and a similar adjustment for the +16. On SIMD ISAs this should just result in some masking code. Haven't counted what that would do to the instruction count though.FWIW I plan to proposed a bitwise_cast like this in C++ post-C++11."

Modelling GPU-CPU Workloads and Systems at GPGPU-3

Our paper, Modeling GPU-CPU Workloads and Systems was accepted at the Third Workshop on General-Purpose Computation on Graphics Procesing Units.

Ocelot 1.0.265-Alpha Released

Ocelot Support for native execution of CUDA applications on GPUs and CPUs without recompilation.

Faster Index of MSB

Steve Worley thinks that this is faster than the code I posted before. It relies on the exponent computation of an IEEE754 floating point number. Compiling this code produces 8 x86 instructions on the most likely path. My example used 22 instructions. However, Steve's code relies on two branches and two floating point conversion instructions, whereas my example included only shifts, comparisons, and conditional selects. The performance of these depends on the branch predictor accuracy and latency of FP conversion instructions, although I would imagine that Steve's code is faster. Also, I couldn't get Steve's code to produce correct results with -O3 optimization on, I need to take a look at the machine code to figure out why this is. I may also get around to benchmarking these if I have a bit of free time.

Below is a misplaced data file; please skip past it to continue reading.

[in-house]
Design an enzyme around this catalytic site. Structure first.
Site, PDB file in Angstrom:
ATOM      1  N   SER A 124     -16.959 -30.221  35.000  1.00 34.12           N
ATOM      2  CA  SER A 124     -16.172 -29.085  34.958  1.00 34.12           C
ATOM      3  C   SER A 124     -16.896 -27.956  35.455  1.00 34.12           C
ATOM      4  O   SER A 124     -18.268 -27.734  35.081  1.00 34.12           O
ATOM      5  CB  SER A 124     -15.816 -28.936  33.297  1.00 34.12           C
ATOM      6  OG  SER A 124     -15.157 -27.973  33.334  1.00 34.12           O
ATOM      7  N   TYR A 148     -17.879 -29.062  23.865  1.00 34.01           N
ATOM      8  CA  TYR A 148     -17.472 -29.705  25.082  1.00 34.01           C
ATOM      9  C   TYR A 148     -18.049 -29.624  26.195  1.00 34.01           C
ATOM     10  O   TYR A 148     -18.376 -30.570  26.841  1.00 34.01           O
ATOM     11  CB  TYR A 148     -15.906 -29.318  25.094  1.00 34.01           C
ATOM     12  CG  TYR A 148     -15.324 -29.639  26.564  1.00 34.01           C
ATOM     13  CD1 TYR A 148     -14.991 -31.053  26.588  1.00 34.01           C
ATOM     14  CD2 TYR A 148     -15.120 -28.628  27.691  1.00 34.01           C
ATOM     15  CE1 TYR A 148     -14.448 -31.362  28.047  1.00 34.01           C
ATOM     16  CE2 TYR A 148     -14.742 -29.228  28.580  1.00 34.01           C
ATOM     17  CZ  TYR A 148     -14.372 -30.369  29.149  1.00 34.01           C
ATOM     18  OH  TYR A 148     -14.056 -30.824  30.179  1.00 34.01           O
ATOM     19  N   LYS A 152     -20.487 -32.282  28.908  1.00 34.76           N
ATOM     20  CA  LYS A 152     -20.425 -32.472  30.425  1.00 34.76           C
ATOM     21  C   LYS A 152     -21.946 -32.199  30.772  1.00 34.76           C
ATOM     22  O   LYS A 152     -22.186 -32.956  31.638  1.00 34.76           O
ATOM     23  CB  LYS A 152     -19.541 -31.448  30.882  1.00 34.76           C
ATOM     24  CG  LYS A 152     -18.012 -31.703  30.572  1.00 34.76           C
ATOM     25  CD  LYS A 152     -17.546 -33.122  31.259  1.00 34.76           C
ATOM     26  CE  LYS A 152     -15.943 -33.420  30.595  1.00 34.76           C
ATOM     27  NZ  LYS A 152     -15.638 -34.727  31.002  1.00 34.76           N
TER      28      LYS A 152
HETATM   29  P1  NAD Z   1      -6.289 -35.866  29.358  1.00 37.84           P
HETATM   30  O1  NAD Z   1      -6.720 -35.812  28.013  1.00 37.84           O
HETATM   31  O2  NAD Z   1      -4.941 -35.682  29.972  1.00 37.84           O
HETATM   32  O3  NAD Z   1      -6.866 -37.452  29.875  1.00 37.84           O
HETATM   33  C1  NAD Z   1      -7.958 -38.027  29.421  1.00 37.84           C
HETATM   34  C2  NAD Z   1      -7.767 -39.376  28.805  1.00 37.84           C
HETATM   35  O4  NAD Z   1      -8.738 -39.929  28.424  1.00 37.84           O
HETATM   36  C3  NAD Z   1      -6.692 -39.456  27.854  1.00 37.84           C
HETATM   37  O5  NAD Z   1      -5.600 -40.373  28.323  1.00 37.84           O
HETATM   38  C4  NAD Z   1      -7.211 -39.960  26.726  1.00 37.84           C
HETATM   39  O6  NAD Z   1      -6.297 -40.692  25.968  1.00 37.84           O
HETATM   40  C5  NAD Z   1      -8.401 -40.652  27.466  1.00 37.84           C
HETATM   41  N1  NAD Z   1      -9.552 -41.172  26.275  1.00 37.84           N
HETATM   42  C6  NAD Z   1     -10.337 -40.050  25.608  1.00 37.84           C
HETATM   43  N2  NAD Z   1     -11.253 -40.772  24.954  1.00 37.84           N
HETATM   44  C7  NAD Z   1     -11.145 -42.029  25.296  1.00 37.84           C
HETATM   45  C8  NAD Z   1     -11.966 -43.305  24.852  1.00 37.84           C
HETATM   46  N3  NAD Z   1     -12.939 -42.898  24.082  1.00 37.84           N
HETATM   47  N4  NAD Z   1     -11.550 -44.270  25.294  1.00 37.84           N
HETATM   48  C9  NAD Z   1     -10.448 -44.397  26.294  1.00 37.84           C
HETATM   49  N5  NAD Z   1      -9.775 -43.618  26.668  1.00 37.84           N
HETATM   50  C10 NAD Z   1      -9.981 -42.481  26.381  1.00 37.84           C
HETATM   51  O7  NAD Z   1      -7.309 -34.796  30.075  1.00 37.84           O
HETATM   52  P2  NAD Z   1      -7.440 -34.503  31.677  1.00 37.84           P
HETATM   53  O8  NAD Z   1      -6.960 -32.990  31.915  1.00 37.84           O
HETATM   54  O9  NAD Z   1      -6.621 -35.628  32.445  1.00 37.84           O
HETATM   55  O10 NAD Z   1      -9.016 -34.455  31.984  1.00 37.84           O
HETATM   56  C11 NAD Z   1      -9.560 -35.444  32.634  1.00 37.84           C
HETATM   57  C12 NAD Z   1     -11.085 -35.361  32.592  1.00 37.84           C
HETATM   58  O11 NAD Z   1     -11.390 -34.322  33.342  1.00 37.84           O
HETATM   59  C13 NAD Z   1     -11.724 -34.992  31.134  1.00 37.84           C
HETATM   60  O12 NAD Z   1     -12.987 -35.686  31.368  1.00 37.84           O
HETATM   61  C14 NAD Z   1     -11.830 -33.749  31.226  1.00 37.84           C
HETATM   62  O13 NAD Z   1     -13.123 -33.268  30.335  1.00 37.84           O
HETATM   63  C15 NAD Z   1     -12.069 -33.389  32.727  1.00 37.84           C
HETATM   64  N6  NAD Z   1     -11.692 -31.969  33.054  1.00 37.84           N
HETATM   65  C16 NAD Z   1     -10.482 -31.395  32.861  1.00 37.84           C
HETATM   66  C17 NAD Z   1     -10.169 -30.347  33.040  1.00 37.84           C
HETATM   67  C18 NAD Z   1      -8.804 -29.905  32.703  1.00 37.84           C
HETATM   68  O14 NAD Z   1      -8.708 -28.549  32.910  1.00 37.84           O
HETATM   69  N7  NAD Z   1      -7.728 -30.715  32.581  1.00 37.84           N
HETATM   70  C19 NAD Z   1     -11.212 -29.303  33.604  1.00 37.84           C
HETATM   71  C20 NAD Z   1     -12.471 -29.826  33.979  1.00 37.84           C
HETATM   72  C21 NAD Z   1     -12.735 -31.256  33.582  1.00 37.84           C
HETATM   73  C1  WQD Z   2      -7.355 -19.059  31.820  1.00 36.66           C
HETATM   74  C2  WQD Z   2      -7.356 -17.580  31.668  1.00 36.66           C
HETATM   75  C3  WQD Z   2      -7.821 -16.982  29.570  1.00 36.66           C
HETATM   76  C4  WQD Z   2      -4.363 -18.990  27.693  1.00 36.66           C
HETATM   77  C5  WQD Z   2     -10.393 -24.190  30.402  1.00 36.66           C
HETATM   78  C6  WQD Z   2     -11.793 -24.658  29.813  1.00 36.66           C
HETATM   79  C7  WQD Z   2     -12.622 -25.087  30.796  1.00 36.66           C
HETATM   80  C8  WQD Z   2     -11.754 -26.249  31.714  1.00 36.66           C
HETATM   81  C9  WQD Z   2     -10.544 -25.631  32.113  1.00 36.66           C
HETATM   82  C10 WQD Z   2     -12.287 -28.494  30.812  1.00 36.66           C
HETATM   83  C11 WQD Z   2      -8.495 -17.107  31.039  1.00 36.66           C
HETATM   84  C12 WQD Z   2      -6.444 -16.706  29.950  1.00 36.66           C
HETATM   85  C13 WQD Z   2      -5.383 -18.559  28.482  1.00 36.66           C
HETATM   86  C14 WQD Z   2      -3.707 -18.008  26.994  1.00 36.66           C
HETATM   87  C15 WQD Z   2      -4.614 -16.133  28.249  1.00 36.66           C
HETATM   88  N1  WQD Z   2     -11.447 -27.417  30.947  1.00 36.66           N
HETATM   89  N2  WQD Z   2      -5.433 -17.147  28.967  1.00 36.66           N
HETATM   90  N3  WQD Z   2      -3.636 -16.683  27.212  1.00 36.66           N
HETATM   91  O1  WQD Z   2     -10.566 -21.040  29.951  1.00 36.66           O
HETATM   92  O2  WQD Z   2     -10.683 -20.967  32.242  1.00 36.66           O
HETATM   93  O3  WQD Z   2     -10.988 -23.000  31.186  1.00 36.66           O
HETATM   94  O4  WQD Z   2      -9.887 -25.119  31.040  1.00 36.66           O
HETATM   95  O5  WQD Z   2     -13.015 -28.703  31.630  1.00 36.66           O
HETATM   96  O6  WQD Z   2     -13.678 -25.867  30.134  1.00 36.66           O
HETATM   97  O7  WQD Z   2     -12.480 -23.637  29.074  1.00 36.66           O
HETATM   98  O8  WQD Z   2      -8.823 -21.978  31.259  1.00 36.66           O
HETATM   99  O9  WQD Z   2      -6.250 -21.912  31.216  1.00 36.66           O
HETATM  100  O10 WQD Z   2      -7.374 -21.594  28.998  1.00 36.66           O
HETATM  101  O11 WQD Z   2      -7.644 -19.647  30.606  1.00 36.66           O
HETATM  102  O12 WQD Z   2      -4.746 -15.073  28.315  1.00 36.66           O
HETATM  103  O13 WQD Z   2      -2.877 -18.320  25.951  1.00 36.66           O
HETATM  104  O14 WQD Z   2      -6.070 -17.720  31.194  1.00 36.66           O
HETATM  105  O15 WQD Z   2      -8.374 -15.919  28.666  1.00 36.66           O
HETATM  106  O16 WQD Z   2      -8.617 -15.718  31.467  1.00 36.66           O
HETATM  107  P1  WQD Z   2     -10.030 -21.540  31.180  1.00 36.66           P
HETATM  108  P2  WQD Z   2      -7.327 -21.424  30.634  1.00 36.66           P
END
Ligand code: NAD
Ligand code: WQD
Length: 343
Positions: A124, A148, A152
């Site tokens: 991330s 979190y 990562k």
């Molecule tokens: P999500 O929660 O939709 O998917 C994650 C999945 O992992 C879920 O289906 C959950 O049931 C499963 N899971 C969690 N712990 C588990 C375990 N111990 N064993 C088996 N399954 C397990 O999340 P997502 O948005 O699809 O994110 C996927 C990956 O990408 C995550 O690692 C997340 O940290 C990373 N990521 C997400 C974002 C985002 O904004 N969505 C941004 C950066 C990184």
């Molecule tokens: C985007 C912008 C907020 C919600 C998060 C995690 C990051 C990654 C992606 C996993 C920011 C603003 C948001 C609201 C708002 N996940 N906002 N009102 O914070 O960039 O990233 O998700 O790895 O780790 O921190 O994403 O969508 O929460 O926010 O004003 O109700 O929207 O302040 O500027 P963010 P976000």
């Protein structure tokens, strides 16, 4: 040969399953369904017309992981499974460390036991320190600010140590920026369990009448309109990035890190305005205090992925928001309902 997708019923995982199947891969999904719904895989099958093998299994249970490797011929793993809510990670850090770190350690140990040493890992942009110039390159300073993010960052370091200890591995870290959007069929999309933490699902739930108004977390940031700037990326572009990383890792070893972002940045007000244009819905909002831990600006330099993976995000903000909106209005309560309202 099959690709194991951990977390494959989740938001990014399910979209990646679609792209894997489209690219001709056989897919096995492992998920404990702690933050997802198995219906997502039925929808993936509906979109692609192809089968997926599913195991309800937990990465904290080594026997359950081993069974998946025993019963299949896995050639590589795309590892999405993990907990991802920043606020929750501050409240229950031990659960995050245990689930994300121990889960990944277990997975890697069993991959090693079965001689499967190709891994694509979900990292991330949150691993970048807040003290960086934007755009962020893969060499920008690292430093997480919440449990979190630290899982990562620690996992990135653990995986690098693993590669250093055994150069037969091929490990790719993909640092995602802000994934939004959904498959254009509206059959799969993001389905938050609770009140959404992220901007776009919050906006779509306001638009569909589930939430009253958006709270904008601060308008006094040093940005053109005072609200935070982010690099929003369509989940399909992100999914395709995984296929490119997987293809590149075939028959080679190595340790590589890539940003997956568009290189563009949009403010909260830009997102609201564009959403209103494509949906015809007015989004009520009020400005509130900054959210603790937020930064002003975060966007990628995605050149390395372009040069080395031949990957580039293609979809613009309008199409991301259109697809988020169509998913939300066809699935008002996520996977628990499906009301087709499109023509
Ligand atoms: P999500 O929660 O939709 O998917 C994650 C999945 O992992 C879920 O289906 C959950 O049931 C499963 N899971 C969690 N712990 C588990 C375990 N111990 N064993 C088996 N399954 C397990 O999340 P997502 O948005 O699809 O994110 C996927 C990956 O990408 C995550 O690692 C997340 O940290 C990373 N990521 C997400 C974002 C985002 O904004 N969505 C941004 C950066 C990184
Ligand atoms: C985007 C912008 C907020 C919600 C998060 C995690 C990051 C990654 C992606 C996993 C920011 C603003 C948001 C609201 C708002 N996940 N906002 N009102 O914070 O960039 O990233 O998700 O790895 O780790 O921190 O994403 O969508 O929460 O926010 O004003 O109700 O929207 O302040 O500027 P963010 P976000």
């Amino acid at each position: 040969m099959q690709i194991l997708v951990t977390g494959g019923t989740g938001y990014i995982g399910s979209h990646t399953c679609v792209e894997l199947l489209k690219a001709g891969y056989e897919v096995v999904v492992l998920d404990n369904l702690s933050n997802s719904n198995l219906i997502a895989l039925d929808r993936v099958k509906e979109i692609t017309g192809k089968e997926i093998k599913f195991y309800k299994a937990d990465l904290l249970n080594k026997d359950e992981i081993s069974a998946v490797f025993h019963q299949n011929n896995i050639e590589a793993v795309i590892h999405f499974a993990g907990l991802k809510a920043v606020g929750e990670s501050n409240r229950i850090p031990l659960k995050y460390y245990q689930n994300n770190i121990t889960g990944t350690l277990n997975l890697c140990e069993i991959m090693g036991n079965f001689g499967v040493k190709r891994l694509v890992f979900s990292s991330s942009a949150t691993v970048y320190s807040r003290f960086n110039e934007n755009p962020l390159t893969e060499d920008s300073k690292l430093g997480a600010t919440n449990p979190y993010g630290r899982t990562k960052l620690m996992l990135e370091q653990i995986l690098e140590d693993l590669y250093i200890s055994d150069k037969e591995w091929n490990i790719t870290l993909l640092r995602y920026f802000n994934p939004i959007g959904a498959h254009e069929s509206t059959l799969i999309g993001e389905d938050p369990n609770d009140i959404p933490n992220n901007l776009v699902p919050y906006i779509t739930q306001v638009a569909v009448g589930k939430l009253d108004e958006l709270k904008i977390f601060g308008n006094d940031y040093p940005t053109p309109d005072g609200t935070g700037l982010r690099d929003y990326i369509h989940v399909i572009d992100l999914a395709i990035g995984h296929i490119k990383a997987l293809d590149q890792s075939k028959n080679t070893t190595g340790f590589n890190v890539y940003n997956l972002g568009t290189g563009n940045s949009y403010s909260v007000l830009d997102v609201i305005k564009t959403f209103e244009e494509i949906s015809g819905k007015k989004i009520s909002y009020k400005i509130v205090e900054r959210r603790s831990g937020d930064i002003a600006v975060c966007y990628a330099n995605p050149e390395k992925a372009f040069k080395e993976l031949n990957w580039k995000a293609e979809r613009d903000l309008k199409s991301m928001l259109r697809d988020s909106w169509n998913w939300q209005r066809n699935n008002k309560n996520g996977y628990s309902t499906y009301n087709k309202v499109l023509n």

inline ulong highestBitIndex(ulong v)
if (v<0x01000000) {
float ff=(float)(v|1);
return ((*((unsigned long *)&ff))>>23)-127;
float ff=(float)(v>>16);
return ((*((unsigned long *)&ff))>>23)-127+16;

Fast Index of MSB

I keep telling people that this is a fast way to find the position of the msb of an int.

unsigned int msb32(unsigned int x)

int position = 0;

int offset = ( x & 0xffff0000 ) ? 16 : 0; position = offset; x >>= offset;

offset = ( x & 0x0000ff00 ) ? 8 : 0; position += offset; x >>= offset;

offset = ( x & 0x000000f0 ) ? 4 : 0; position += offset; x >>= offset;

offset = ( x & 0x0000000c ) ? 2 : 0; position += offset; x >>= offset;

offset = ( x & 0x00000002 ) ? 1 : 0; position += offset; x >>= offset;

return position;


New Website Template

I recently switched to a new website design that is hopefully clearner and more straightforward than the previous one. It may take a week or so before everything settles so please excuse any broken links.